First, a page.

On Sunday we were hired to play for a recording session for Jim Perkins (of Bigo & Twigetti) at The Premises Studios in Hackney. It was the second time that String Section have recorded for Jim and it involved laying down strings for three tracks. Two were compositions written by him (one, an atmospheric piece for a film soundtrack) and the third consisting of strings he had arranged for a pop song written and produced by Tony Holland. The only two musicians present were myself (on violins and violas) and Tony Woollard on cellos.
The first piece was written for double string quartet (so, 2 first violins, 2 second violins, 2 violas and 2 cellos). This is a particularly exposed combination as any discrepancies in tuning or timing become very obvious. Also, the tone quality on each of the two unison parts needs to be well matched. When overdubbing strings in this type of scenario it’s always best to keep the vibrato fairly narrow on the first layer in order that the second layer has something very clear to play with.
The second track required a larger sound and had about six layers on each part. Some sections were written with pizzicato and here the challenge when overlayering is to remain scrupulously accurate to the click. This can be achieved by internally subdividing (this is where the musician counts in his or her head in a smaller note value than the beat, so instead of counting four crotchet beats in every bar, the player counts say, eight quaver beats). Mental focus is important to avoid wasting any valuable studio time. The track also contained very high notes on the first violin part: some which were two octaves above the top ‘E’ string. Stratospheric stuff indeed, but this is a region of the violin that can be highly effective when writing for a string section (particularly in film music).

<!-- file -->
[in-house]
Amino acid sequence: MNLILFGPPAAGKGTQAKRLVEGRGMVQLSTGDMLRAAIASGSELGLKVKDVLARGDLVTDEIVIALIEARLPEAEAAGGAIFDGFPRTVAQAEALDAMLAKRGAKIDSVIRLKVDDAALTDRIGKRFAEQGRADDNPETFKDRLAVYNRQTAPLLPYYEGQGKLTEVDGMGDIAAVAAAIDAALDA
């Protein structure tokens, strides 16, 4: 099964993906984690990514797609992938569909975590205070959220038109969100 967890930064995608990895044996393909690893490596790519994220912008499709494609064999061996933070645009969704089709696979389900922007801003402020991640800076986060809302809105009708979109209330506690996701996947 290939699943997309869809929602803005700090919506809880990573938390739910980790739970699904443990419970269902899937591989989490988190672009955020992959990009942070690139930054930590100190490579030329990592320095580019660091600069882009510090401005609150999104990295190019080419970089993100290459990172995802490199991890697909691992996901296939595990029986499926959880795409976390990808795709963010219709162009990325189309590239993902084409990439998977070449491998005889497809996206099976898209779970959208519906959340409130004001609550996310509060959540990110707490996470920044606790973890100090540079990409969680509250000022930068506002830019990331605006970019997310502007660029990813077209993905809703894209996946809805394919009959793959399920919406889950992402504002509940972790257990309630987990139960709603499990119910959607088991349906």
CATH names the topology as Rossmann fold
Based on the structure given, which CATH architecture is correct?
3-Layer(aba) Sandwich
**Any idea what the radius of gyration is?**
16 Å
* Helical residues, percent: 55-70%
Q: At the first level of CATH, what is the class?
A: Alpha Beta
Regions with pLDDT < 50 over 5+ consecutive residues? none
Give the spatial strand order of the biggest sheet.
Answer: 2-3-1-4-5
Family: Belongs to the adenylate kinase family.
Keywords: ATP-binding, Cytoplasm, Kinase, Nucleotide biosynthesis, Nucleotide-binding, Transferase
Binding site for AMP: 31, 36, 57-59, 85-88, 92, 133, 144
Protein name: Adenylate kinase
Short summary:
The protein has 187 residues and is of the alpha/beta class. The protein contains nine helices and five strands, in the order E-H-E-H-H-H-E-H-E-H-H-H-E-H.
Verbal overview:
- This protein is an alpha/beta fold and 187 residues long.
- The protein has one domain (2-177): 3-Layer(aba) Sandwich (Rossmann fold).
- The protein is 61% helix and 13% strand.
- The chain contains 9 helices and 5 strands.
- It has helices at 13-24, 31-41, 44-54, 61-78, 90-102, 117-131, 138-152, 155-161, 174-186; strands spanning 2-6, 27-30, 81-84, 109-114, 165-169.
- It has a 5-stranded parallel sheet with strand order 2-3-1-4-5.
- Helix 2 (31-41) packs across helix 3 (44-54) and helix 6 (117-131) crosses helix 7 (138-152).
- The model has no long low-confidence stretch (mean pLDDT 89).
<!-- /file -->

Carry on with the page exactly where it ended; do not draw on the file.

The third track was the pop track and here the strings added a fullness and warmth which hopefully will complement the track well. As a guide we had a piano and vocal in our headphones and as the strings built up we asked Ollie the engineer to change the balance in the headphones so that we increasingly listened to more strings and less of the track (this is good practice as once the foundations of the string parts have been laid, it’s good to be able to blend with the string sound as session musicians record each subsequent layer).
It was great recording at The Premises as many of the recording rooms are the perfect size for studio strings: large enough for up to eight players to record simultaneously but not quite large enough for a whole string orchestra.